Faults play a key factor in controlling the accumulation and migration of hydrocarbons. Faults can create barriers for fluid flow, but faults can also act as lateral and vertical migration paths for fluid. However, no fault is perfectly sealing or leaking along its entire length throughout its tectonic history. All faults will leak when the formation pressure in the reservoir exceeds the capillary entry pressure of the fault seal or top seal. One of the main mechanisms for generating fault seal in clastic sequences is by incorporation of clay and shale, into fault zones. One of the methodologies to evaluate the possibility of fault seal is using shale gouge ratio. The Shale Gouge Ratio (SGR) is a measure of percentage shale within a part of the sequence which has moved past a point on the fault surface. Data from wells drilled in the Greater Pratu Tao area indicate that SGR ranges from 0.42 to 0.89 and differential pressure ranges from 5 to 76 psi. In order to validate the prediction of hydrocarbon column, SGR calculations need to be calibrated using lithology, reservoir pressures, and fluid parameters of proven hydrocarbons. The SGR calibration is consistent with observed hydrocarbon columns data in the area. From the cross plot of SGR against differential pressure, a minimum SGR of about 18% is capable of sustaining minimum pressure difference and capable of establishing significant seal. The seal-failure envelope, constructed from cross plot, provides a method to estimate the maximum hydrocarbon column length that can be supported by the fault. This technique can be applied to both the volumetric evaluation of undrilled blocks and the geological risk analysis of exploration projects.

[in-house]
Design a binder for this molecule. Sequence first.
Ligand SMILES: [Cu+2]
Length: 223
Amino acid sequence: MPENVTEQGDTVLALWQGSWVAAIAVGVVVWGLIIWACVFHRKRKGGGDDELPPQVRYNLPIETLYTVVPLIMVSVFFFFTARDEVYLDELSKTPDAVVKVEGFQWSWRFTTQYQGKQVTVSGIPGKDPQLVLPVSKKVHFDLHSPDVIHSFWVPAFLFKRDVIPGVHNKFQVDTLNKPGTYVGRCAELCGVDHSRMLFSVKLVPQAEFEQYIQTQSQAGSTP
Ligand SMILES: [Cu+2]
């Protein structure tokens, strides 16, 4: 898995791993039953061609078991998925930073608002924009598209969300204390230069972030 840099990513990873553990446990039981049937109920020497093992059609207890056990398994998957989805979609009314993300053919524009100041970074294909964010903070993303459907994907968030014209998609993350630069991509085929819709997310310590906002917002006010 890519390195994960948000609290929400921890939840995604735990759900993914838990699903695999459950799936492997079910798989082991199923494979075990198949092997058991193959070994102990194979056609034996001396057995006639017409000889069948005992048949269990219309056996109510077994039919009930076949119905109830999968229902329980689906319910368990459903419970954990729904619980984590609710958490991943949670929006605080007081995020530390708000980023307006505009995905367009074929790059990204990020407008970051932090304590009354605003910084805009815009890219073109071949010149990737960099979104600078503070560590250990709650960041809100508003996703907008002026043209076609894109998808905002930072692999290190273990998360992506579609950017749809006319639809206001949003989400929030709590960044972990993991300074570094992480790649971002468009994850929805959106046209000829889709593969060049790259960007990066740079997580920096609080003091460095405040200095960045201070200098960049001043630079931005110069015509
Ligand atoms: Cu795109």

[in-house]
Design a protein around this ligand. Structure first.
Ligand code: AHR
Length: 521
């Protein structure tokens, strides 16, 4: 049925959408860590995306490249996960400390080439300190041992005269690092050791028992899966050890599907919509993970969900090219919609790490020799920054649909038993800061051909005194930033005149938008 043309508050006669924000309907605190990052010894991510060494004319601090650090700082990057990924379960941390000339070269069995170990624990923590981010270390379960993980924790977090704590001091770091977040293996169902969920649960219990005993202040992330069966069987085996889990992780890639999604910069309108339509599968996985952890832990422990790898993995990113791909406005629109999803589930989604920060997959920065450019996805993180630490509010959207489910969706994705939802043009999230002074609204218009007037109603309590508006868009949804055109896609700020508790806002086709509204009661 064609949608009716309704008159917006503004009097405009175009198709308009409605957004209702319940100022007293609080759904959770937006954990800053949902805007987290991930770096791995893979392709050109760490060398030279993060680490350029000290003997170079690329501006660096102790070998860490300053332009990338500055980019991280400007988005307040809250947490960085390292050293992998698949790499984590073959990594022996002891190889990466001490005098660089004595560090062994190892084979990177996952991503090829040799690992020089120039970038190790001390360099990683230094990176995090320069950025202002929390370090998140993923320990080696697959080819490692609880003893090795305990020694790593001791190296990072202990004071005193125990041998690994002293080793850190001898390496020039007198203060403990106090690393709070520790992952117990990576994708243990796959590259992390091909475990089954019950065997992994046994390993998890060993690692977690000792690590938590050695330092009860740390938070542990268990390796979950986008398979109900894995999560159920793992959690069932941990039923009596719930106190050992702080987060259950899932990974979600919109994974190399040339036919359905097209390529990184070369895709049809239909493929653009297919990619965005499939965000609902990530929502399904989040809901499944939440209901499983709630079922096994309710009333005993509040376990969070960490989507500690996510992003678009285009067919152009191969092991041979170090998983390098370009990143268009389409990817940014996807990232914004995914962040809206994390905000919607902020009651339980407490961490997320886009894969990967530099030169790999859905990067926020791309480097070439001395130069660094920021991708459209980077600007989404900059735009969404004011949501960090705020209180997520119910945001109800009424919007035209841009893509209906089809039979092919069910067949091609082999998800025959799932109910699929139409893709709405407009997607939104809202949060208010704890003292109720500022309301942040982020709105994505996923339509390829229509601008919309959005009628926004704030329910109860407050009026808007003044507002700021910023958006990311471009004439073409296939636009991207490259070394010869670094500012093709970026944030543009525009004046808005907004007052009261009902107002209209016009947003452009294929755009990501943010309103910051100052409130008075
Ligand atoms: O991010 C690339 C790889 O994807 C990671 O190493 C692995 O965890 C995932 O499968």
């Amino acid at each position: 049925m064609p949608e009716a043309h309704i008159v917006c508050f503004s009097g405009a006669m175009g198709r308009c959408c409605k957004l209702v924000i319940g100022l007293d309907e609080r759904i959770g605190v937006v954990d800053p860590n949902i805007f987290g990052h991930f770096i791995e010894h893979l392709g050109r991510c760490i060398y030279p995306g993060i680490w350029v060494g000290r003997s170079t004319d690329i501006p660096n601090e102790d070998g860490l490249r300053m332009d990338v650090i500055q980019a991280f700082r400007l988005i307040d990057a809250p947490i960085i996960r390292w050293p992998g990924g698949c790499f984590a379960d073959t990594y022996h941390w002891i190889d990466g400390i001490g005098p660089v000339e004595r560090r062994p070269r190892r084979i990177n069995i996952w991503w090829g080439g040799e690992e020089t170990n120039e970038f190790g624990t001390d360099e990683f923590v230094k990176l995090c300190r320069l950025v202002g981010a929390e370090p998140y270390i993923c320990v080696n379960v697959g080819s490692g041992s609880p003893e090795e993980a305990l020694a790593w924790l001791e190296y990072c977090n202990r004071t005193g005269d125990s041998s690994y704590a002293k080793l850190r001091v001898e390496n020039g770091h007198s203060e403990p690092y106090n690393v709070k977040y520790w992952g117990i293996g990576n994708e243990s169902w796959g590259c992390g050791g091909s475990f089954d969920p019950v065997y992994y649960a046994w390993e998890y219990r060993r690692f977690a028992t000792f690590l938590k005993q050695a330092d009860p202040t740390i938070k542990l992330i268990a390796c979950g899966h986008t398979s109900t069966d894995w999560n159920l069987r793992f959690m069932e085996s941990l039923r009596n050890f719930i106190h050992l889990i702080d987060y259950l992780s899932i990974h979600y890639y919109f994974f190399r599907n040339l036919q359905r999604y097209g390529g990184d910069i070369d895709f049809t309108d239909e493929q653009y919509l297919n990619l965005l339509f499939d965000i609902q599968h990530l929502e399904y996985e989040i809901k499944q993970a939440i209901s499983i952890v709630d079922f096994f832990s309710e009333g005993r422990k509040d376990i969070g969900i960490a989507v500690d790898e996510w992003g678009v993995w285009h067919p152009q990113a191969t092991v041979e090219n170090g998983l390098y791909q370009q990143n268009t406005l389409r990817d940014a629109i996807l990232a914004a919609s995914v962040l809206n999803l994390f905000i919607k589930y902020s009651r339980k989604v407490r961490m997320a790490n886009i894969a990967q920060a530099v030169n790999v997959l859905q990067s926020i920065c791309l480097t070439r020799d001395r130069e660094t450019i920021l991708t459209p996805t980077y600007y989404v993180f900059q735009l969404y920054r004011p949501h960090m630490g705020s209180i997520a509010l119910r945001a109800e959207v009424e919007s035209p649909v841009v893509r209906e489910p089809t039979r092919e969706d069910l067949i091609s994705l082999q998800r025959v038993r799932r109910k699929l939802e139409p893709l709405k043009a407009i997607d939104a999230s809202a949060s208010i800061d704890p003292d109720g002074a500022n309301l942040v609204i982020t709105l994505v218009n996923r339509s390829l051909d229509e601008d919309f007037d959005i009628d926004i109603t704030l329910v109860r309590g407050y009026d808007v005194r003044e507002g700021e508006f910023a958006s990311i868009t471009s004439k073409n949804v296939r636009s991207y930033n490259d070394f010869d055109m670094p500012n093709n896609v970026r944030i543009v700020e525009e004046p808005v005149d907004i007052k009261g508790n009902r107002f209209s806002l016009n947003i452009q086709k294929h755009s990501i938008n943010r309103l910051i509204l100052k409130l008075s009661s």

Author : D Suryanto, C Supamittra